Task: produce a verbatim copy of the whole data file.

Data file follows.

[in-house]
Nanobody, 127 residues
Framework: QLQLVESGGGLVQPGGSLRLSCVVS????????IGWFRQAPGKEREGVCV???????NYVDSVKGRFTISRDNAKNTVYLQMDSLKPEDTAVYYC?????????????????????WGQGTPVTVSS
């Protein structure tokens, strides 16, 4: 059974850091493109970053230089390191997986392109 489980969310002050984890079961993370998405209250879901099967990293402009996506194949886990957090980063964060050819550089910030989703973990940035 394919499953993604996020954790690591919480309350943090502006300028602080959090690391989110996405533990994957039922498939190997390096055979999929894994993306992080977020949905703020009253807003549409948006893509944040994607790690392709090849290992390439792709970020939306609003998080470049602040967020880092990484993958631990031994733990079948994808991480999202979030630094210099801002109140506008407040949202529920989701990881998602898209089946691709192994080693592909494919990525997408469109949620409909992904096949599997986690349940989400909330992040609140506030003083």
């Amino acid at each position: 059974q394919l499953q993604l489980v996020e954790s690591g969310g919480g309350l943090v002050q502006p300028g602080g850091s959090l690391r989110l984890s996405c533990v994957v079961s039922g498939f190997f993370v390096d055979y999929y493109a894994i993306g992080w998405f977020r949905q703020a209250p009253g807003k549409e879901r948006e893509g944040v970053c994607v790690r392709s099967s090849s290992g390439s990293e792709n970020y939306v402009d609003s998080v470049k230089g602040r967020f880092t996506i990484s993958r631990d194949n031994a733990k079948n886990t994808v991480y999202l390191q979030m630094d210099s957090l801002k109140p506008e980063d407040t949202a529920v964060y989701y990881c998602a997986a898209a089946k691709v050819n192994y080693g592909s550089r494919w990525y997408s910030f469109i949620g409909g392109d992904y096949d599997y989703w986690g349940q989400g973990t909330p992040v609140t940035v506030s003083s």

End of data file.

[in-house]
Nanobody, 127 residues
Framework: QLQLVESGGGLVQPGGSLRLSCVVS????????IGWFRQAPGKEREGVCV???????NYVDSVKGRFTISRDNAKNTVYLQMDSLKPEDTAVYYC?????????????????????WGQGTPVTVSS
């Protein structure tokens, strides 16, 4: 059974850091493109970053230089390191997986392109 489980969310002050984890079961993370998405209250879901099967990293402009996506194949886990957090980063964060050819550089910030989703973990940035 394919499953993604996020954790690591919480309350943090502006300028602080959090690391989110996405533990994957039922498939190997390096055979999929894994993306992080977020949905703020009253807003549409948006893509944040994607790690392709090849290992390439792709970020939306609003998080470049602040967020880092990484993958631990031994733990079948994808991480999202979030630094210099801002109140506008407040949202529920989701990881998602898209089946691709192994080693592909494919990525997408469109949620409909992904096949599997986690349940989400909330992040609140506030003083």
């Amino acid at each position: 059974q394919l499953q993604l489980v996020e954790s690591g969310g919480g309350l943090v002050q502006p300028g602080g850091s959090l690391r989110l984890s996405c533990v994957v079961s039922g498939f190997f993370v390096d055979y999929y493109a894994i993306g992080w998405f977020r949905q703020a209250p009253g807003k549409e879901r948006e893509g944040v970053c994607v790690r392709s099967s090849s290992g390439s990293e792709n970020y939306v402009d609003s998080v470049k230089g602040r967020f880092t996506i990484s993958r631990d194949n031994a733990k079948n886990t994808v991480y999202l390191q979030m630094d210099s957090l801002k109140p506008e980063d407040t949202a529920v964060y989701y990881c998602a997986a898209a089946k691709v050819n192994y080693g592909s550089r494919w990525y997408s910030f469109i949620g409909g392109d992904y096949d599997y989703w986690g349940q989400g973990t909330p992040v609140t940035v506030s003083s």